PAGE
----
various artists, |
The Cowboy Tour
Deep River of Song: Big Brazos
These two CDs provide an interesting contrast. Both are performed by people whose main line of work is not performing. The Cowboy Tour is subtitled "A National Tour of Cowboy Songs, Poetry, Big Windy Stories, Humor, and Fiddling," while Big Brazos is subtitled "Texas Prison Recordings, 1933 and 1934." So what we have are two albums of the songs and stories of laborers, the first group of whom do what they do by choice, and the second of whom serve involuntarily.
The Cowboy Tour chronicles the 1983-84 "road show" of nine performing cowboys from the American West and Hawaii. Although there are a few bright moments on this CD, much of it struck me as tedious, both musically and verbally. A lot of the songs simply go on too long, like "The High-Tone Dance" and "Streets of Laredo." I've enjoyed cowboy poetry, and have several volumes of it, but much of the poetry here isn't even read particularly well, with little attention being paid to scansion, which should be one of the foremost considerations of recitation. As for the "tall tales," many of them meander too much, and are loaded with "ah"s and "um"s, as though the tellers weren't really secure with their material (Ken Trowbridge is especially guilty of this). The tellers step on punch lines, or try and stretch them out too far, as though they've lost their sense of timing and rhythm.
The album picks up steam in its second half, with some interesting Hawaiian songs by Karin Haleamau and a few Spanish language songs by Johnny Whelan. Junior Daugherty offers up some fun fiddling with "Sally Goodin" and "Maiden's Prayer" (Daugherty plays a lot better than he sings). All in all, however, this album promises a lot more fun than it delivers. You'll find no slick Sons of the Pioneers or Bob Wills-style performances here, but just a bunch of cowboys letting their hair down. Maybe you had to be there.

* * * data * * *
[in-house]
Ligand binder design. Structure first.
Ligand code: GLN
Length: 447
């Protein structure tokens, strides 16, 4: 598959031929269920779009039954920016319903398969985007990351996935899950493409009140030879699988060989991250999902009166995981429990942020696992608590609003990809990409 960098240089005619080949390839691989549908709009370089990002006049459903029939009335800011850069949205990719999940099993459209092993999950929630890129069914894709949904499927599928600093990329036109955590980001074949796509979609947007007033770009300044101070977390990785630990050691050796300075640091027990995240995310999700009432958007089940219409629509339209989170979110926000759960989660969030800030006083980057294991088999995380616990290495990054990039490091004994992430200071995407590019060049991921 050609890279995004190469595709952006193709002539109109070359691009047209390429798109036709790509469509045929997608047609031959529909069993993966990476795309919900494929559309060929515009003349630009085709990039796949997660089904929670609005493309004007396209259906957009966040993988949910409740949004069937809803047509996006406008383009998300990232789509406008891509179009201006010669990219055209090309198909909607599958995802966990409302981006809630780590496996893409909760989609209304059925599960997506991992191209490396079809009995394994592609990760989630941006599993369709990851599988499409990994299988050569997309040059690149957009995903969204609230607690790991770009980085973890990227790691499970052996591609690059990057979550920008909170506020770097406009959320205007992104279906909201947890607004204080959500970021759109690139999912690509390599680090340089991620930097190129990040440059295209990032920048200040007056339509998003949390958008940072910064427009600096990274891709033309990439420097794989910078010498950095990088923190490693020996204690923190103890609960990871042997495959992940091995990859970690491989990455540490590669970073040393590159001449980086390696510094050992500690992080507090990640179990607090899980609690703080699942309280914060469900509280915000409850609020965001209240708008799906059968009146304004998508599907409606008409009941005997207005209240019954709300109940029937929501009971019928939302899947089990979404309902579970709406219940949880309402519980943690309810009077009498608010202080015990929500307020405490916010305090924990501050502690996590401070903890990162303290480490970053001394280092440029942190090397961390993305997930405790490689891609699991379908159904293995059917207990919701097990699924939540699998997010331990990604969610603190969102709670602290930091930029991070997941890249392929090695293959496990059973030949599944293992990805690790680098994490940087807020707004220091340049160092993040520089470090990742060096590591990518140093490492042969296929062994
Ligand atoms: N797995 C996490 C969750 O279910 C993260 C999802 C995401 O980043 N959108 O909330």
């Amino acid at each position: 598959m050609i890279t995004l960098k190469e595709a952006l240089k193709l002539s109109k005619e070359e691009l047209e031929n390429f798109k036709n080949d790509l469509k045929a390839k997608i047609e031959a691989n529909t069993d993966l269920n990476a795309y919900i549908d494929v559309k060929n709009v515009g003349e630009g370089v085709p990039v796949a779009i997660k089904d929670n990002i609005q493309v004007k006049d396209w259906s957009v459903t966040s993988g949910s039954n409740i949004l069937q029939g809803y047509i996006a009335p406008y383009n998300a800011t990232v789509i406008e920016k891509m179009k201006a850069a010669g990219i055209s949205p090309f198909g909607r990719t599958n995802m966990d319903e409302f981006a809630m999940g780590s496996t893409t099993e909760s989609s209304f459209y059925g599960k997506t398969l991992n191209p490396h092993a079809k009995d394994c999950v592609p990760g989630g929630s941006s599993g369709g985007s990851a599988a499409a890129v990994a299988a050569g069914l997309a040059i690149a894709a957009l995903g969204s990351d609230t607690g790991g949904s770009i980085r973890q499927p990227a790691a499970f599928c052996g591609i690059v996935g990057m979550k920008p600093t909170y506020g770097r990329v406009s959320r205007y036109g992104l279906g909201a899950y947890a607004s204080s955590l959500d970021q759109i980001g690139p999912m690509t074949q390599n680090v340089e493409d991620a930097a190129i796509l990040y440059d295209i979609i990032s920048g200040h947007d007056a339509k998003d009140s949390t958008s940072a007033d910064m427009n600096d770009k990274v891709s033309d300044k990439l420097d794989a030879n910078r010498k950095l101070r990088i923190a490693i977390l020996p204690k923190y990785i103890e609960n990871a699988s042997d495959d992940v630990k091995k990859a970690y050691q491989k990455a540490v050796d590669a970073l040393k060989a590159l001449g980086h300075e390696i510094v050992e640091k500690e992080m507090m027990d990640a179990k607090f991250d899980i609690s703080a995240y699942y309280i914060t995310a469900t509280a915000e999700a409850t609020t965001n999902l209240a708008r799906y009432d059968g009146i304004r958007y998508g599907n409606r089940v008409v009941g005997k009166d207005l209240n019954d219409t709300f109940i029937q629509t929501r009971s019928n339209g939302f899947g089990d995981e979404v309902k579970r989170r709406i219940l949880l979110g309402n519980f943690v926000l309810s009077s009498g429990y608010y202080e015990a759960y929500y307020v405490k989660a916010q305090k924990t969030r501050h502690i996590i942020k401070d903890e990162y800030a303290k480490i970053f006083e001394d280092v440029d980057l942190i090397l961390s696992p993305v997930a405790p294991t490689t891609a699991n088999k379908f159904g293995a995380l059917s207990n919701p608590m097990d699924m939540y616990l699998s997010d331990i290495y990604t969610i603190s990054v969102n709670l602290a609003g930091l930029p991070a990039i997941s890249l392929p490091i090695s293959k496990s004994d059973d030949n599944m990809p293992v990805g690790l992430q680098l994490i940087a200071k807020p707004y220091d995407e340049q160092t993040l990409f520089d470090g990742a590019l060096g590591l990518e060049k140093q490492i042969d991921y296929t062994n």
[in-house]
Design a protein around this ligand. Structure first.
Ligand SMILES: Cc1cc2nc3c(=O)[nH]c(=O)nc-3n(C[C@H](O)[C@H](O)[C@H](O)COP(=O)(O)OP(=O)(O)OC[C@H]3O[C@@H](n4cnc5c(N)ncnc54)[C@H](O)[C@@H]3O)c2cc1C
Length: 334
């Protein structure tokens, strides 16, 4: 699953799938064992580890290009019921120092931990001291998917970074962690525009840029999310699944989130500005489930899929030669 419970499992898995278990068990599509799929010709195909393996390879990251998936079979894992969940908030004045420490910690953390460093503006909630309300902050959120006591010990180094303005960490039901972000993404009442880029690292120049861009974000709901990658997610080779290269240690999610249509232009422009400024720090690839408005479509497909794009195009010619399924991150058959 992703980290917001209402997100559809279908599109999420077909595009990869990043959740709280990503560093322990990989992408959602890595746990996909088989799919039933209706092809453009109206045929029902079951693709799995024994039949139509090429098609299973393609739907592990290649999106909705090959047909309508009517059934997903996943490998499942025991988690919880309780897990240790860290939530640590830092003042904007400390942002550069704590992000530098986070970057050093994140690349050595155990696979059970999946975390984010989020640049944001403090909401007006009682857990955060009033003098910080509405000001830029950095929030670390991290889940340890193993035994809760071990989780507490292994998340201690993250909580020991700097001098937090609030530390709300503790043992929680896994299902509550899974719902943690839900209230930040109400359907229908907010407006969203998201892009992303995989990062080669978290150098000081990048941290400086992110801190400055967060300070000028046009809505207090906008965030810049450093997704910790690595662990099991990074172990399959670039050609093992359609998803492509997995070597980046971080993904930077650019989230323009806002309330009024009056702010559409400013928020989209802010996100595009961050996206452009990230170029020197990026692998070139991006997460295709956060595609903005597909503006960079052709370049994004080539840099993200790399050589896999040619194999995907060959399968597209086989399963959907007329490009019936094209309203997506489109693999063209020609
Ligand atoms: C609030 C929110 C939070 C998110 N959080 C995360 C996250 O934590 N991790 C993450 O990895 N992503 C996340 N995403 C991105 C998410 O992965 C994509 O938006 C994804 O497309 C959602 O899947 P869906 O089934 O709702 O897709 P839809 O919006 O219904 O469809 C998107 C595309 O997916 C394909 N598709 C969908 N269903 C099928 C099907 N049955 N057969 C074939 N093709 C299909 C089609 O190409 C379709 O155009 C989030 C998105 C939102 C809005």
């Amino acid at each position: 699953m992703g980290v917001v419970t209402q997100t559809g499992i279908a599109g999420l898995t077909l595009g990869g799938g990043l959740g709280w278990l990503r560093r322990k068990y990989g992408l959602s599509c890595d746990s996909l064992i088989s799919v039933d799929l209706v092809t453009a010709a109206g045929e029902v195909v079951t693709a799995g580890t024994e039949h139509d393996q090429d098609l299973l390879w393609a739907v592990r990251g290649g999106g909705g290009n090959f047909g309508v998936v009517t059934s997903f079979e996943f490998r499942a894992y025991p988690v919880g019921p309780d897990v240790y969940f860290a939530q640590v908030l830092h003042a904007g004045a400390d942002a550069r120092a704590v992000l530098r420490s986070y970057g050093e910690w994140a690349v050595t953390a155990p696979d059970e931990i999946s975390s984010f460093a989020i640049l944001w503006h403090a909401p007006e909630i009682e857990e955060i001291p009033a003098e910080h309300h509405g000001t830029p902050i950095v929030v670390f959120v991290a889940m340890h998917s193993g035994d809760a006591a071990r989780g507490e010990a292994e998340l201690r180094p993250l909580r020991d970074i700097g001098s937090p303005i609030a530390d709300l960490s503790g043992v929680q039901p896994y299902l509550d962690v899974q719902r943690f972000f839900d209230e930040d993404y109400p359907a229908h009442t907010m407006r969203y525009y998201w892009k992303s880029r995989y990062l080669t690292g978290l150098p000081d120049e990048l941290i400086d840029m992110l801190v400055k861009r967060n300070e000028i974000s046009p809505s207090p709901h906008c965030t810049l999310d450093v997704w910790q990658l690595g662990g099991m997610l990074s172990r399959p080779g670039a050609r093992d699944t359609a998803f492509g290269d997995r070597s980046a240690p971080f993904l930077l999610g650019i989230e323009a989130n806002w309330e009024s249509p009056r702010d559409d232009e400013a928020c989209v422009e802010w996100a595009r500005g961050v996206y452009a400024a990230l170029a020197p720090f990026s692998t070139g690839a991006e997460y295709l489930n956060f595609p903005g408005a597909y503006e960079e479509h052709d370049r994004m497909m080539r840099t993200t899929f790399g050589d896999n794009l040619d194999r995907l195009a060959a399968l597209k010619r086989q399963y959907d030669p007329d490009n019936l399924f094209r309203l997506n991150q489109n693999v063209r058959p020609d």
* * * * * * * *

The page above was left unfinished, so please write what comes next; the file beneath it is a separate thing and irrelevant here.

As an emotional experience, Big Brazos delivers a lot more than The Cowboy Tour. This hour's worth of African-American prisoners singing the songs that helped them get through their days and nights is filled with pain, joy, heartbreak and triumph. There are mostly call-and-response work songs here, and the voices of these prisoners with names like Iron Head, Clear Rock and Lightnin' are rich, deep and sincere. John A. Lomax and Alan Lomax recorded these songs in the prisons, interviewed the singers and took photographs, some of which are included here, along with lengthy liner notes and transcriptions of the songs, which, as the notes correctly state, are all about "staying alive in hell."
There are twenty tracks here, and it's fascinating to see how many of them, nearly all from the slave tradition, became folk music standards: "Ain't No More Cane on This Brazos," "Black Betty," "Old Rattler," "Stewball" (which began life as an Irish broadside ballad), "Long John," "Go Down, Old Hannah" and more. In these early forms, the songs are far more effective than their later homogenized versions. They are at once document and testament. In the misery of the singers, there is majesty to be found.
Final verdict? If you're really, really, really into cowboys, you'll probably enjoy The Cowboy Tour, but casual listeners should be discouraged. As for Big Brazos, if you're interested in the true roots of folk, blues and R&B, or in the raw state of the human condition, this one is something you should hear.